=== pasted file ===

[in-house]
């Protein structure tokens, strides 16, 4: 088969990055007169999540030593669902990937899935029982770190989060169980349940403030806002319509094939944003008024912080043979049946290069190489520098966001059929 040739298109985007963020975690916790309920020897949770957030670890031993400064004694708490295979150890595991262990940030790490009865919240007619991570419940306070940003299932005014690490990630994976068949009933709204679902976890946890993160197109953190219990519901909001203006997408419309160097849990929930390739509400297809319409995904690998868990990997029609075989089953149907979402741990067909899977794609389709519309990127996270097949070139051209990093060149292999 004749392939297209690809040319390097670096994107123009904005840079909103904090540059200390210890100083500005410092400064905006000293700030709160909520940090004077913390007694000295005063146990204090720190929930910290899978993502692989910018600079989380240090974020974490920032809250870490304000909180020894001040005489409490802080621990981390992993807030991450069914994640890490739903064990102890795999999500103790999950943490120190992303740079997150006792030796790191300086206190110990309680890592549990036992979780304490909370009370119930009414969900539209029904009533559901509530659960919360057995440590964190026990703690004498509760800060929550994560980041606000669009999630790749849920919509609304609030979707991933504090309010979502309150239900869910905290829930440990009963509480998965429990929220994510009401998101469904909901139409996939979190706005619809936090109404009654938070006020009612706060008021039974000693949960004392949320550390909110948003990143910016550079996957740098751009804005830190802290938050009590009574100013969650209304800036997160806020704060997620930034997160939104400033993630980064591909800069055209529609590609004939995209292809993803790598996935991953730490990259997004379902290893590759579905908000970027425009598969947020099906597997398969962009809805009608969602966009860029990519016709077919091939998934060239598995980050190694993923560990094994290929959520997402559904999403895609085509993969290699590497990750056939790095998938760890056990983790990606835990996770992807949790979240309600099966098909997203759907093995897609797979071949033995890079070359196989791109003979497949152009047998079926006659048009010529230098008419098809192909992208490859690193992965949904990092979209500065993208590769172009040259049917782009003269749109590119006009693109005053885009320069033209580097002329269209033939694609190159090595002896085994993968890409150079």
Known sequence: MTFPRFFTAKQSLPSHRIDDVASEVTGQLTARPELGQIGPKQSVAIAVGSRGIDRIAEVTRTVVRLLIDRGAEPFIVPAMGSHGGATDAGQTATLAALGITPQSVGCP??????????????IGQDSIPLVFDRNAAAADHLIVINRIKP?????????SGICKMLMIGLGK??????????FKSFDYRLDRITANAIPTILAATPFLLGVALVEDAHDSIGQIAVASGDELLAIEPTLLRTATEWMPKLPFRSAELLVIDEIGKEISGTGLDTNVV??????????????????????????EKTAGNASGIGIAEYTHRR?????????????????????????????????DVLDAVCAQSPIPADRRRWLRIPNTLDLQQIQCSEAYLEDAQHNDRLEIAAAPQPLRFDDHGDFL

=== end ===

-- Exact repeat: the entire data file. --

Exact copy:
[in-house]
């Protein structure tokens, strides 16, 4: 088969990055007169999540030593669902990937899935029982770190989060169980349940403030806002319509094939944003008024912080043979049946290069190489520098966001059929 040739298109985007963020975690916790309920020897949770957030670890031993400064004694708490295979150890595991262990940030790490009865919240007619991570419940306070940003299932005014690490990630994976068949009933709204679902976890946890993160197109953190219990519901909001203006997408419309160097849990929930390739509400297809319409995904690998868990990997029609075989089953149907979402741990067909899977794609389709519309990127996270097949070139051209990093060149292999 004749392939297209690809040319390097670096994107123009904005840079909103904090540059200390210890100083500005410092400064905006000293700030709160909520940090004077913390007694000295005063146990204090720190929930910290899978993502692989910018600079989380240090974020974490920032809250870490304000909180020894001040005489409490802080621990981390992993807030991450069914994640890490739903064990102890795999999500103790999950943490120190992303740079997150006792030796790191300086206190110990309680890592549990036992979780304490909370009370119930009414969900539209029904009533559901509530659960919360057995440590964190026990703690004498509760800060929550994560980041606000669009999630790749849920919509609304609030979707991933504090309010979502309150239900869910905290829930440990009963509480998965429990929220994510009401998101469904909901139409996939979190706005619809936090109404009654938070006020009612706060008021039974000693949960004392949320550390909110948003990143910016550079996957740098751009804005830190802290938050009590009574100013969650209304800036997160806020704060997620930034997160939104400033993630980064591909800069055209529609590609004939995209292809993803790598996935991953730490990259997004379902290893590759579905908000970027425009598969947020099906597997398969962009809805009608969602966009860029990519016709077919091939998934060239598995980050190694993923560990094994290929959520997402559904999403895609085509993969290699590497990750056939790095998938760890056990983790990606835990996770992807949790979240309600099966098909997203759907093995897609797979071949033995890079070359196989791109003979497949152009047998079926006659048009010529230098008419098809192909992208490859690193992965949904990092979209500065993208590769172009040259049917782009003269749109590119006009693109005053885009320069033209580097002329269209033939694609190159090595002896085994993968890409150079």
Known sequence: MTFPRFFTAKQSLPSHRIDDVASEVTGQLTARPELGQIGPKQSVAIAVGSRGIDRIAEVTRTVVRLLIDRGAEPFIVPAMGSHGGATDAGQTATLAALGITPQSVGCP??????????????IGQDSIPLVFDRNAAAADHLIVINRIKP?????????SGICKMLMIGLGK??????????FKSFDYRLDRITANAIPTILAATPFLLGVALVEDAHDSIGQIAVASGDELLAIEPTLLRTATEWMPKLPFRSAELLVIDEIGKEISGTGLDTNVV??????????????????????????EKTAGNASGIGIAEYTHRR?????????????????????????????????DVLDAVCAQSPIPADRRRWLRIPNTLDLQQIQCSEAYLEDAQHNDRLEIAAAPQPLRFDDHGDFL